In my opinion gravy should not be too refined. So when I make 'gravy' I don't worry too much about the details. I make Tasso gravy in large batches, and freeze it. When you thaw it you have to bring it to a low simmer and skim a bit, but other than that it freezes great. And because it is gravy I just thicken it with a slurry of flour. A bit unrefined, but that is what gravy is about.
Measurements are a bit rough because I just use what is on hand.
1 lb Tasso diced
5 or 6 cloves of garlic, smashed and chopped - use fresh
1/2 stick of butter
2 - 2.5 quarts of stock - lighter, because the tasso has a lot of flavor
16 oz of stout
Melt the butter in the pot, add the garlic, stir it around a bit, add the tasso, cook it about 3 or 4 min, till it gets a bit soft, add the beer, and the stock, bring to boil.
Mix about 1-1/2 cups of flour in a bowl with water until it is about the consistancy of elmers glue. The thickness is not that important, just not too thin.
Have someone else hold a strainer over the pot while you add the flour slurry to the boiling gravy, through the strainer, while stirring with your other hand. You just have to stir while you thicken otherwise you get lumpy gravy. you will not use all the mixture, just watch it thicken and stop when you have the consistency you want.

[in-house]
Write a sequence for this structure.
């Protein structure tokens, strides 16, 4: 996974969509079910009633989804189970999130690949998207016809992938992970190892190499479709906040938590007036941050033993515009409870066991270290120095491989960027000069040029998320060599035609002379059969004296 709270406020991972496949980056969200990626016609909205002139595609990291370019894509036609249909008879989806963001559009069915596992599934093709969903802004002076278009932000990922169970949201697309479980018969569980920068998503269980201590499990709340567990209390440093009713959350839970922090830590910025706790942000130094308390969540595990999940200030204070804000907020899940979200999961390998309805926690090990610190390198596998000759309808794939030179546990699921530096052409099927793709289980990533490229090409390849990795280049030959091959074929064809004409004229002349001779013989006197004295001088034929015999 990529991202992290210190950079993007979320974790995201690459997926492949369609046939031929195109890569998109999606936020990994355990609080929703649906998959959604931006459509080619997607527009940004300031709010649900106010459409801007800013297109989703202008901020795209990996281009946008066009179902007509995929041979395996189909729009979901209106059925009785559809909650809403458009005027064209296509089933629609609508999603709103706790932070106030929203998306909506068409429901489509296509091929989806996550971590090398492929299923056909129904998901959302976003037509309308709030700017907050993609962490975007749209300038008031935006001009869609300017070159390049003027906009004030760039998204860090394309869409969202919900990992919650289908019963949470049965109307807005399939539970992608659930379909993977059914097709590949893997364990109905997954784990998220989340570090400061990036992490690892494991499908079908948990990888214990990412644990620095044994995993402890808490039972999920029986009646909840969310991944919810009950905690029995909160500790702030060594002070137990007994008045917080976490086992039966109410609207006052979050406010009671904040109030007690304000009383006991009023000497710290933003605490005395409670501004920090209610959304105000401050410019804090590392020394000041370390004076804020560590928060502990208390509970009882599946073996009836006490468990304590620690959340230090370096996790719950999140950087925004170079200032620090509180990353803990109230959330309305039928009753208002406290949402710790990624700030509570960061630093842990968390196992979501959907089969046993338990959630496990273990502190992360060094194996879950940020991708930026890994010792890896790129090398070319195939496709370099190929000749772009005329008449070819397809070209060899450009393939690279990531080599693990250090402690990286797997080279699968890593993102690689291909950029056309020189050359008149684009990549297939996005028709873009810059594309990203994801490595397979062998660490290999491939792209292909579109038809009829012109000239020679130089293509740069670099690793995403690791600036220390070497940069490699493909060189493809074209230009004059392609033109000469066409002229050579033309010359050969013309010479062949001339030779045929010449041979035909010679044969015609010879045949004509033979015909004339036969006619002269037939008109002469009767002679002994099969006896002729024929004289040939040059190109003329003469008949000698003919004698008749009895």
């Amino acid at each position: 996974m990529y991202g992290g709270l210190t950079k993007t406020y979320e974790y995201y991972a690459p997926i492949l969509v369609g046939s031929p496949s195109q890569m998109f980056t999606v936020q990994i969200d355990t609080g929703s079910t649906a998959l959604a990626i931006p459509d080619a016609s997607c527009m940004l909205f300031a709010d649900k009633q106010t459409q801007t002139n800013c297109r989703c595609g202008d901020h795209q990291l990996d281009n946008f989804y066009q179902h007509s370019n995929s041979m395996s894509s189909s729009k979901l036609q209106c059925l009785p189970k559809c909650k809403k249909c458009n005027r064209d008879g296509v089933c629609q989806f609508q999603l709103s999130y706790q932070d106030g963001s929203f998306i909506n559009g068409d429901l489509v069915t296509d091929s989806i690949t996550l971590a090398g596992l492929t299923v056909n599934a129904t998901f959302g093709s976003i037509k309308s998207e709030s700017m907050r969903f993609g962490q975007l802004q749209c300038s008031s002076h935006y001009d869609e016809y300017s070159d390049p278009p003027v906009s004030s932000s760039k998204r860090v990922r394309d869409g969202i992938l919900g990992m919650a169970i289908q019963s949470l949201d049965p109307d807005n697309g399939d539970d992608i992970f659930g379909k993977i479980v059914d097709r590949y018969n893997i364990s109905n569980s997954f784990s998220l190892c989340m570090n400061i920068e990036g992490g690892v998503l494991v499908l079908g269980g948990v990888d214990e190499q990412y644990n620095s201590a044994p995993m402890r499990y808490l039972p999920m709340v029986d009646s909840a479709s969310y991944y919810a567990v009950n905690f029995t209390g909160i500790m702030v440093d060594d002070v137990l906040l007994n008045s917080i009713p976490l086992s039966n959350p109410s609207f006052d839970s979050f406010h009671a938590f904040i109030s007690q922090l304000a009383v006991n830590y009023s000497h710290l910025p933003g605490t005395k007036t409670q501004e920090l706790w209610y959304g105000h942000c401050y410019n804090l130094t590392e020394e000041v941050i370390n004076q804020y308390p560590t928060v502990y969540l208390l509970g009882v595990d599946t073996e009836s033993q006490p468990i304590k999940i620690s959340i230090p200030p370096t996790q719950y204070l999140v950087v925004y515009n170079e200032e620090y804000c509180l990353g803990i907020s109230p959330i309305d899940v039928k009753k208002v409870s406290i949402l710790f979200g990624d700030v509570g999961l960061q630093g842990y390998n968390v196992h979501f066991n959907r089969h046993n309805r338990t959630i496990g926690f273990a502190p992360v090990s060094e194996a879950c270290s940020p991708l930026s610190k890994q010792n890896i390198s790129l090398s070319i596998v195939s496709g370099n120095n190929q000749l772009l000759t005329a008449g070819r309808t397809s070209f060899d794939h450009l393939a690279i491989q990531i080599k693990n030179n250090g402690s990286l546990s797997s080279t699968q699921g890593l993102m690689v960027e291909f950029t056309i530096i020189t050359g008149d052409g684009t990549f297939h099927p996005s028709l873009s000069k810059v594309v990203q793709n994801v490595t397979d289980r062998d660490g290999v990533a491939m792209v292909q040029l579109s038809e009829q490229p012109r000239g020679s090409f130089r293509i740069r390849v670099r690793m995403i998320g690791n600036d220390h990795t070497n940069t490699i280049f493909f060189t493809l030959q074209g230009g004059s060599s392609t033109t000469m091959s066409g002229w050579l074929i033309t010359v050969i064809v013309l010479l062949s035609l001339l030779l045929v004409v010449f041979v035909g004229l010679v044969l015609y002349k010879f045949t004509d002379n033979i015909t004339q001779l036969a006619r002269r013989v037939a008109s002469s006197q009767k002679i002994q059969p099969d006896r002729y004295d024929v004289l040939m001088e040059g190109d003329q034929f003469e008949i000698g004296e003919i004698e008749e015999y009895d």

Boil for a minute or two and season with S&P or the herb of your choice. Don't let it boil too long or the fat from the tasso, and the butter will seperate out. if it does, just skim it off.
This is a great full flavored gravy. Try to get Aidell's Tasso, Paul Prudolm's is saltier and fattier. It sounds odd, but lamb holds up really nice to this gravy, because of the full flavor of the meat.